Most fraternities at the University of Southern California will be allowed to start having parties again in March if security guards are posted at stairs or hallways in fraternity houses that lead to bedrooms, the Los Angeles Times reported.
Strict rules issued in advance of spring recruiting known as “rush” follow allegations of drugging and sexual abuse at several fraternities last year, the Times said Wednesday.
All fraternity social events at the college were halted in October after the allegations surfaced.
The resumption of social activities will not apply to several suspended fraternities. An investigation of the sex abuse allegations continues under Title IX of federal civil rights law that prohibits sex discrimination in schools and educational programs.
Sexual violence prevention training will also be mandatory for all USC fraternity members under the rules drafted by representatives of a group with representatives of fraternities, student government, other student groups, safety experts and faculty.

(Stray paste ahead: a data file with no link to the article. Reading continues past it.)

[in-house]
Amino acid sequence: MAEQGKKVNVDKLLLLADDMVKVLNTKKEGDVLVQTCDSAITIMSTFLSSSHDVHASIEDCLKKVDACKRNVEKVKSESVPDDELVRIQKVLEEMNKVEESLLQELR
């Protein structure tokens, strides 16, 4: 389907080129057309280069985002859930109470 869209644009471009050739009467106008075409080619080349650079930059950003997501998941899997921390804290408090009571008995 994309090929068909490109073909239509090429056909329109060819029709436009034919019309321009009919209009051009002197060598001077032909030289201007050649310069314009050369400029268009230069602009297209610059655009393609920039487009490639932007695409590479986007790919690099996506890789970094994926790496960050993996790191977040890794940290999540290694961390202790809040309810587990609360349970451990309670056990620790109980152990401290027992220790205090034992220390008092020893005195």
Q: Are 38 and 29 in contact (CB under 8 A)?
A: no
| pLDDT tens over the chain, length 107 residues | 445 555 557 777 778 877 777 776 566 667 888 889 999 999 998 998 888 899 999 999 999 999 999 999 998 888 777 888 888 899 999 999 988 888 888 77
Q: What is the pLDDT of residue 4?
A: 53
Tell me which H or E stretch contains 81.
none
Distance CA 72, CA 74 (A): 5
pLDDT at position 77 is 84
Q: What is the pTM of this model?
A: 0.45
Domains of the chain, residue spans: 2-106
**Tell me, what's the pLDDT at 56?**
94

USC Provost Charles Zukoski said the partnership between the group and the university was critical to the future of Greek life at the university, which has about 21,000 undergraduate students and about 4,000 as members of fraternities and sororities.
In addition to preventing guests from entering bedrooms during parties, the rules call for security guards to be posted at fraternity house entry points. The security companies must be hired in consultation with the university.